Building a relationship with your cloud provider is rapidly becoming one of the most challenging situations of IT these days. While individual businesses and users can create cloud storage and other low-level functions swiftly and easily, a full service enterprise cloud will require an adequate amount of prep work.
Typically, there are a lot of questions that are to be asked of a potential provider, some might not even be obvious to IT management. Luckily, there are many articles on the web that list all the key questions to ask before you sign on the dotted line.
Even though most potential providers do a great job covering the basics like service reliability and data ownership, but it is worth noting that more fundamental questions should also be answered before you get to a point of talking to a specific provider.
So, before you get too caught up in all the clouds potential rewards, it helps to examine the risks. Because, a lot of companies plan to use the cloud as an extension of legacy IT infrastructure you need to know what measures you intend to take to properly protect your assets. Do you know how you plan to oversee the data governance? Also, do you know how the clouds infrastructure will impact any legal and regulatory requirements? The most important questions are, how easy will it be to change to a new cloud provider should you need to?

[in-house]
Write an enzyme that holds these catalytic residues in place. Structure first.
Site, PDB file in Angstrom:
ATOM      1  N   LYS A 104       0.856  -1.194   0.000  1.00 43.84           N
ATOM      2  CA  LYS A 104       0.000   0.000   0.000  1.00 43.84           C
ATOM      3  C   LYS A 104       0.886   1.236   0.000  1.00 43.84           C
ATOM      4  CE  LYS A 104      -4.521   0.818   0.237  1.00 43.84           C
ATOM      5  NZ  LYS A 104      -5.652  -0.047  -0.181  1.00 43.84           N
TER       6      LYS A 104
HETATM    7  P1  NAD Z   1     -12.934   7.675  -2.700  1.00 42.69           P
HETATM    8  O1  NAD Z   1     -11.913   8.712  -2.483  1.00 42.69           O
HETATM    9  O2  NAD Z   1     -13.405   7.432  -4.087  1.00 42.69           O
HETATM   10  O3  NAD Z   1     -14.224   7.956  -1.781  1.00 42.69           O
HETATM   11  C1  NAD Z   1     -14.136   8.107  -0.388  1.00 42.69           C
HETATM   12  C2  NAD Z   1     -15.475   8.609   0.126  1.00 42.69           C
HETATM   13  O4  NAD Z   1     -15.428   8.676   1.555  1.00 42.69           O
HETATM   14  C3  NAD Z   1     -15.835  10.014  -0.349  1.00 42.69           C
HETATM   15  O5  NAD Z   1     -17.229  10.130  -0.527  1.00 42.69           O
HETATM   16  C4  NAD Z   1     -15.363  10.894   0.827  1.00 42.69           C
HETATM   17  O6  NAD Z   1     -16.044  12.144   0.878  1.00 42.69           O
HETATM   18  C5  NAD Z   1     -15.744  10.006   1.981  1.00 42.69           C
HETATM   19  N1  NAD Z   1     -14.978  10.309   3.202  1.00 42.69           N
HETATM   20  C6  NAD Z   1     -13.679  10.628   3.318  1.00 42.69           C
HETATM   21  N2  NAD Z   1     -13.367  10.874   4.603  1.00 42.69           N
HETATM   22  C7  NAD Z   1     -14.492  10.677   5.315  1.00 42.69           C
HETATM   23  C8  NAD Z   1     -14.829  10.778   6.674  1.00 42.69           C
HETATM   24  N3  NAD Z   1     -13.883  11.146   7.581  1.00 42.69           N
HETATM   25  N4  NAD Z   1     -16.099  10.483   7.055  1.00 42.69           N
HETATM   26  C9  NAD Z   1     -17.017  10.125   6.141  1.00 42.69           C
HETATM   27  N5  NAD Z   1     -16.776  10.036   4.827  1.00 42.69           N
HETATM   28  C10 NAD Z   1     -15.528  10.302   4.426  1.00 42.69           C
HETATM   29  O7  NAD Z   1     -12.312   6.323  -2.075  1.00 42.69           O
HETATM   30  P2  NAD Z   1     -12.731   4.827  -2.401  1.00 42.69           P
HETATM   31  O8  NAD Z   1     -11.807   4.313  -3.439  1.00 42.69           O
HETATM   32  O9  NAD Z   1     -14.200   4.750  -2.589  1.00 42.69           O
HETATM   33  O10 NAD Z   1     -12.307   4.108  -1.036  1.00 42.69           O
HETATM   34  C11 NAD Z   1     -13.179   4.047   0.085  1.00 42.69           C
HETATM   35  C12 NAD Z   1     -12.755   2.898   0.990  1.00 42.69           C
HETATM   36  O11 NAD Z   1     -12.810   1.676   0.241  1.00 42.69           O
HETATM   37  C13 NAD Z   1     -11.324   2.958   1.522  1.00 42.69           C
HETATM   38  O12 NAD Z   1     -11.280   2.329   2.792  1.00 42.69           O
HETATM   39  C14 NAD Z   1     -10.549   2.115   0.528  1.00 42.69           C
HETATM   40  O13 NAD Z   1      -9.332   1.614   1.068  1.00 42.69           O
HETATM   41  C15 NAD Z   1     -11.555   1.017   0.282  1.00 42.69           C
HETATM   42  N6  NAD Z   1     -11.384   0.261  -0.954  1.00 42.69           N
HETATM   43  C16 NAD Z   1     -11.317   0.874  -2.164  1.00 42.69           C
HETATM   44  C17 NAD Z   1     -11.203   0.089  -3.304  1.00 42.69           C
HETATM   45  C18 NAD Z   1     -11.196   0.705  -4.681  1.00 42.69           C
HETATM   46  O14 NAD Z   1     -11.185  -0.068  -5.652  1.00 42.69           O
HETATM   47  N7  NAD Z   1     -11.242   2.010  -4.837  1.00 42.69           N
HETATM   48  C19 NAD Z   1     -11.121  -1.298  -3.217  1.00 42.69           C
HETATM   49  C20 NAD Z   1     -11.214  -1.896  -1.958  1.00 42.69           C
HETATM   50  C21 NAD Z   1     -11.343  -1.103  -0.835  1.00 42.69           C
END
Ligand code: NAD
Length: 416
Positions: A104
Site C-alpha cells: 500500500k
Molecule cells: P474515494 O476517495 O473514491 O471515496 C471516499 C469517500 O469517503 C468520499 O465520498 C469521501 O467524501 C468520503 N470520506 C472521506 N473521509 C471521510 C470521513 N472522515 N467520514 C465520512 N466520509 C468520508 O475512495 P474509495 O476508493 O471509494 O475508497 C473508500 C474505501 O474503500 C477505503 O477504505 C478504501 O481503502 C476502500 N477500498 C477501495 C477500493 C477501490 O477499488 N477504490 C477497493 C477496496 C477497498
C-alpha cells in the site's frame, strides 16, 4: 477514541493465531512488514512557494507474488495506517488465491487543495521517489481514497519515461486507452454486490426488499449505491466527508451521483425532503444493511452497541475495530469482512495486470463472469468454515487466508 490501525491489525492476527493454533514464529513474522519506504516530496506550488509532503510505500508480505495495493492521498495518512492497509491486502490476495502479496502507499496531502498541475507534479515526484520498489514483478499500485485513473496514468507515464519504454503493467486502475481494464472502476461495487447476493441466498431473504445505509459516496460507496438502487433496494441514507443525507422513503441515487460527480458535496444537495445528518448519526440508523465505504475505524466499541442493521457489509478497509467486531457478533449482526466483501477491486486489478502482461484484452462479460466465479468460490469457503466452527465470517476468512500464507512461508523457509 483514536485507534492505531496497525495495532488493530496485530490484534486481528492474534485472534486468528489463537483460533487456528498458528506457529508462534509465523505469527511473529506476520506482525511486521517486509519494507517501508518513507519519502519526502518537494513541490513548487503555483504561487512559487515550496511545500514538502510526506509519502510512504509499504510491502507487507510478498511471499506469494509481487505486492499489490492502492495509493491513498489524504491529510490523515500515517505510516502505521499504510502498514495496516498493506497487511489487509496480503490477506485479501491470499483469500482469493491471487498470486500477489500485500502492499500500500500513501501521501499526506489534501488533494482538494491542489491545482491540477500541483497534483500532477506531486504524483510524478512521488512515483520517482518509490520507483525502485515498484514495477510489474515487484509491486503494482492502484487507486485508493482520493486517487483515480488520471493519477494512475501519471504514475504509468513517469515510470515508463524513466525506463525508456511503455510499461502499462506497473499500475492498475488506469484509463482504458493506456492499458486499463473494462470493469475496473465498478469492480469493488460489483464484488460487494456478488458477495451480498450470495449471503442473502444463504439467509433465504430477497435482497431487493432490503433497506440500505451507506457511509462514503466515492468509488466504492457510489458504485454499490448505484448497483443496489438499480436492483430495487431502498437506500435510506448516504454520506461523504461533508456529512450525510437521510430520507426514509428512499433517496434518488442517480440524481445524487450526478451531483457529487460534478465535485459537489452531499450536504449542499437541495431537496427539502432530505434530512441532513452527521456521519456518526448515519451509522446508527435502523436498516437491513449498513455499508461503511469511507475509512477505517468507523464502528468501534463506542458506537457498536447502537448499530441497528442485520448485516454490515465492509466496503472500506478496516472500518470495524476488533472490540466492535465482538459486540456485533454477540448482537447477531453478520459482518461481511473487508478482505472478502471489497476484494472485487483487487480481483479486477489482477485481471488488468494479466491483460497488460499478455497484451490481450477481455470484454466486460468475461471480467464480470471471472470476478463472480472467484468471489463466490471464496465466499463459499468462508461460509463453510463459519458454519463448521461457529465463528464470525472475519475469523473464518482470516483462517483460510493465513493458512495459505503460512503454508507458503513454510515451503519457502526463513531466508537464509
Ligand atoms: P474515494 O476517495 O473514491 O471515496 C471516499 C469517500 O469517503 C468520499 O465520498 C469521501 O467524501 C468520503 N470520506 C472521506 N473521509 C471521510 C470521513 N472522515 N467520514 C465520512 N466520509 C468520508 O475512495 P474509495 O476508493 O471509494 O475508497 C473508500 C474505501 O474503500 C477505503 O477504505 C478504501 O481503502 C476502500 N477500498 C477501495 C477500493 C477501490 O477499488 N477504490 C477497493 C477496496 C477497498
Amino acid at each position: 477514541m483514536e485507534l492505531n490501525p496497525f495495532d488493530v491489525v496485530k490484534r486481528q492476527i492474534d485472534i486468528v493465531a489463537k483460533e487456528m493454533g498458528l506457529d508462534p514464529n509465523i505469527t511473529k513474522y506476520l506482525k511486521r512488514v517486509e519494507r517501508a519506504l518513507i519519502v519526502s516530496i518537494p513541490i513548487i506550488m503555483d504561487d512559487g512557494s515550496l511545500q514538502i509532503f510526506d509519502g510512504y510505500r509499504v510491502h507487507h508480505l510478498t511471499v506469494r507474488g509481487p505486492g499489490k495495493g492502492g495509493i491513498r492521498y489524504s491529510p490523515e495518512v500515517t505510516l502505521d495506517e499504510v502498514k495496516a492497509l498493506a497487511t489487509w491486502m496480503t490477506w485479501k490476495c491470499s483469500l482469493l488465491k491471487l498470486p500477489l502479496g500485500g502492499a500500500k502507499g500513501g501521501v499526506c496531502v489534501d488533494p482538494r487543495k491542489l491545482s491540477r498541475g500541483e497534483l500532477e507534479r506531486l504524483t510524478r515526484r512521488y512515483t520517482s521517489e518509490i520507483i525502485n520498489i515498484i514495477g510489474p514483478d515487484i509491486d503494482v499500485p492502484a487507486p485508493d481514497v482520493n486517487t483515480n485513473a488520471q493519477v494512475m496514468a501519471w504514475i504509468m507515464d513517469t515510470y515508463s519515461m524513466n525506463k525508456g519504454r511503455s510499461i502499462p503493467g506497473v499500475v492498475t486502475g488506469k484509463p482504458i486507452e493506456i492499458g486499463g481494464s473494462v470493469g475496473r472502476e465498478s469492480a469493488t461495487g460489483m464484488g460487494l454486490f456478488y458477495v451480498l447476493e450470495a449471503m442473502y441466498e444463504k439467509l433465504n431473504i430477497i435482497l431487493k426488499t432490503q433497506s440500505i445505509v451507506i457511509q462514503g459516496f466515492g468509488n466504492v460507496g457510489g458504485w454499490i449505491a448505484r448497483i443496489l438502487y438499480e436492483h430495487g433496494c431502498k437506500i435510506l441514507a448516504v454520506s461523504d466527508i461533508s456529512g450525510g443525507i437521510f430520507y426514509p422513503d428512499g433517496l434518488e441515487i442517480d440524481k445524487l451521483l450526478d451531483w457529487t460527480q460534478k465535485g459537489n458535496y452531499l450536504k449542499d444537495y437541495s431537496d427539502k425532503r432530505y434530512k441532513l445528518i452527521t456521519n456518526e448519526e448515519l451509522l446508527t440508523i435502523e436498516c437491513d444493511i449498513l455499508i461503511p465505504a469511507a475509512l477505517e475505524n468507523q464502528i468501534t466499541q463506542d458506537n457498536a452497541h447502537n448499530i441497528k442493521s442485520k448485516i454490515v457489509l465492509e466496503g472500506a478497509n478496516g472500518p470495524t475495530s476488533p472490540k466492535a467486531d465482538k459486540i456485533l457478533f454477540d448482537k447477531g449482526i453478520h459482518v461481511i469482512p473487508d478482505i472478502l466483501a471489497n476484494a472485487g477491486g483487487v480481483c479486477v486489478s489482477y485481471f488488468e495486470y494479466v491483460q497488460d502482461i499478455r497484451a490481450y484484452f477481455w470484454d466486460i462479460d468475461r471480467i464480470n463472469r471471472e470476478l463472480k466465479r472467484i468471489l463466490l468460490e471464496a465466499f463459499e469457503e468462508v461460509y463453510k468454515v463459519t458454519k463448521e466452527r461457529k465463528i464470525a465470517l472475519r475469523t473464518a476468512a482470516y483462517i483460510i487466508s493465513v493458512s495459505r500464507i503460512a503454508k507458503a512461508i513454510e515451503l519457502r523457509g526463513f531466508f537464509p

A lot of companies are moving to the cloud without totally understanding what they hope to get out of it. Most do not realize that even cloud resources should be directed at specific problems and where clear cut goals are used to measure failure and success. You should know what you want to accomplish to make it easier to select the right kind of cloud.
Since security is such an essential function, it is a good practice to ask what your provider will do to protect your very important data, but also what you will do to protect yourself. Enterprises that are looking to deploy to the cloud need to gather as much knowledge about security regulations which are always evolving because the world has become more versed in how the cloud operates. A lot of providers will offer a wide range of services including hardware isolation and SSL (secure socket layer) communications. It is always good to know what you need upfront will speed up your deployment process and make sure that you do not end up paying for something that you do not need.
It is something of a misunderstanding that the cloud will allow companies to outsource application and infrastructures to third party providers. It is more correct to say that management and operations are outsourced but the true responsibility for successful outcomes still remains where it has always been: on the shoulder of IT management.
So, before you turn to any cloud provider for help, make certain that you have both the capability and knowledge to help yourself.
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